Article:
We’ve also learned of several projects being developed by Sharp Ideas (SI). The first is an extension of their existing Green campaign called “A Million Apologies to Mother Earth,” in which SI and their small army of volunteers (mostly students) will be hand-rolling 1,000,000 Effective Micro-organism mudballs, which will then be dropped en masse into local canals, rivers, and lakes.
We also learned of a “Stress Festival,” currently under development. It will be a partnership between SI, UNESCO, and the Vietnam Ministry of Nutrition (NIN). The content and format have yet to be determined, but the crux of the project is that SI seeks to alleviate the stress experienced by Vietnamese white-collar workers. Our SI partner Nicky made reference to a study placing Vietnamese WCWs as the 3rd-most stressed in the world. And after experiencing only 24 hours now of Ho Chi Minh City-area traffic, I am beginning to understand how that could be the case. Can you say “TIGNUM,” anyone?
Dr. Karen Brown would be interested to know that there’s an overview picture sitting over my head right now (in one of SI’s two communal work spaces) of the “6 Thinking Hats” method, although it remains to be seen it what context the company utilizes the problem-solving and -thinking method. As Dr. Brown teaches in her “Operations Management” and “Managing Projects” courses, the 6 Thinking Hat method can help a team make sure that all potential perspectives are considered when planning a project: Possibilities, Benefits and Positives, Negatives, and so on. It’s a great sign to see such techniques openly on display here.
We’ve also had very productive meetings with Tuán (Sharp Idea’s CEO) about the overall strategic direction he sees the firm moving in. As Professor Michael Finney likes to profess in “Organizational Consulting,” it’ll be important and ultimately more valuable to Sharp Ideas if they don’t need us after this project. We’ve therefore fine-tuned our work plan and set of deliverables to help address some perceived gaps between SI’s strategic goals and their current capabilities.
“Food is our common ground, a universal experience.”
— James Beard
During a lunch Jayme, Mariana, and I had with Dr. Kishore Dash (professor of RBE: Asia), we asked him how we could best communicate with the client. He answered by saying, “This” and pointing to his food. My confused expression prompted him to elaborate after what I would consider an awkward pause. “Eat dinner with them. It’s the best way to get to know your client in Vietnam,” he said.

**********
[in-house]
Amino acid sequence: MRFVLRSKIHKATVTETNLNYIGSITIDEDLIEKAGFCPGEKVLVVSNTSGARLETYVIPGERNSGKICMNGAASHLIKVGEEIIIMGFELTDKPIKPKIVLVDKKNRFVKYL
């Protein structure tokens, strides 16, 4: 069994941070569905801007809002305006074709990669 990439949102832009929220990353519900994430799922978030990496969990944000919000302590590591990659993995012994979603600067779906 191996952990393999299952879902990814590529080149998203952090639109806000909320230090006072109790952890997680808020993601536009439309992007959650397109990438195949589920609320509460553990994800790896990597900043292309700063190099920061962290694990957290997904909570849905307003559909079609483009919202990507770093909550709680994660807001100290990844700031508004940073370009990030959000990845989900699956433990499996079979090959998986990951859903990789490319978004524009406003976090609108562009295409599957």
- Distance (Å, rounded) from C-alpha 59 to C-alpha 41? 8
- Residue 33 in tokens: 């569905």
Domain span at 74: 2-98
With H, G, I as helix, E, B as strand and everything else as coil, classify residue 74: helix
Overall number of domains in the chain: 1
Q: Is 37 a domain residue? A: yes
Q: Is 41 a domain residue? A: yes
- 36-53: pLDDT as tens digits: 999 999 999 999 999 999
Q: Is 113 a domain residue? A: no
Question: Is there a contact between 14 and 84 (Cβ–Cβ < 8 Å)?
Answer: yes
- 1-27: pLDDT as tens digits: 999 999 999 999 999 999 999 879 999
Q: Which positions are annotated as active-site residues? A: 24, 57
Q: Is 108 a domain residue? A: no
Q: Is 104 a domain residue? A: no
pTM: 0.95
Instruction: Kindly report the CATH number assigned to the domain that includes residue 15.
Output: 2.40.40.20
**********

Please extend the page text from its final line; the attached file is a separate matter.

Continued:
Segue to our first day with the client. After hours of meetings, the clients invited us out to a traditional (and amazing) Vietnamese restaurant. Throughout the meal, barriers were lowered as we began to disclose our backgrounds and noticeable cultural differences between US and Vietnam. Being a “high-context” person, I felt this was the first time I was able listen (dialogue, non-verbals, and intonation) to the client. I believe this dinner helped clear the “cultural noise” when communicating with their team.
The impact of that dinner was immediate.The following day the Helper team brainstormed and collaborated with Ahn, the CEO, on how to launch a particular line of products. The degree of synergy between all participants reminded me why “two head are better than one”.
All this to say, T-birds, if you ever find yourself struggling to connect with your boss, client, or colleague in Southeast Asia, break bread with them. It truly is a common ground.
That is the motto at Sharp Ideas and Helper in Ho Chi Minh City, Vietnam. As five eager Thunderbirds entered the office for the first time, we were told to remove our shoes at the front door and we remained barefoot for the rest of the day. This “thinking outside the shoe” technique was quite refreshing as we began our first day on the job. Sharp Ideas believes that all team members walk on equal ground, and this act is reflective of that principle.
Our first meeting with Sharp Ideas included a high level overview of their marketing company, their core values and the work they do. Under the same roof, Helper, their sister company explained to us their focus on sustainability and bringing green technology to Vietnam. It quickly became clear as the morning progressed that we would be working on two separate projects; one for SI and one for Helper, and that we would need to split into strategic teams.
Project 1: Help Sharp Ideas with some organizational issues. Jayme and David are teaming up for this and combining their strengths and past experiences to identify pain points and prescribe an action plan to address those points.
Project 2: Help Helper to develop a strategic marketing plan for the launch of a green product. Josh, Amanda and I are putting our creative hats on to make a plan to help launch a green product in the not-yet-green Vietnamese market.
As each team sorts through the challenges and ambiguities in hopes of honing in on the scope of the project, one thing remains clear, we MUST get a team pedicure before work tomorrow!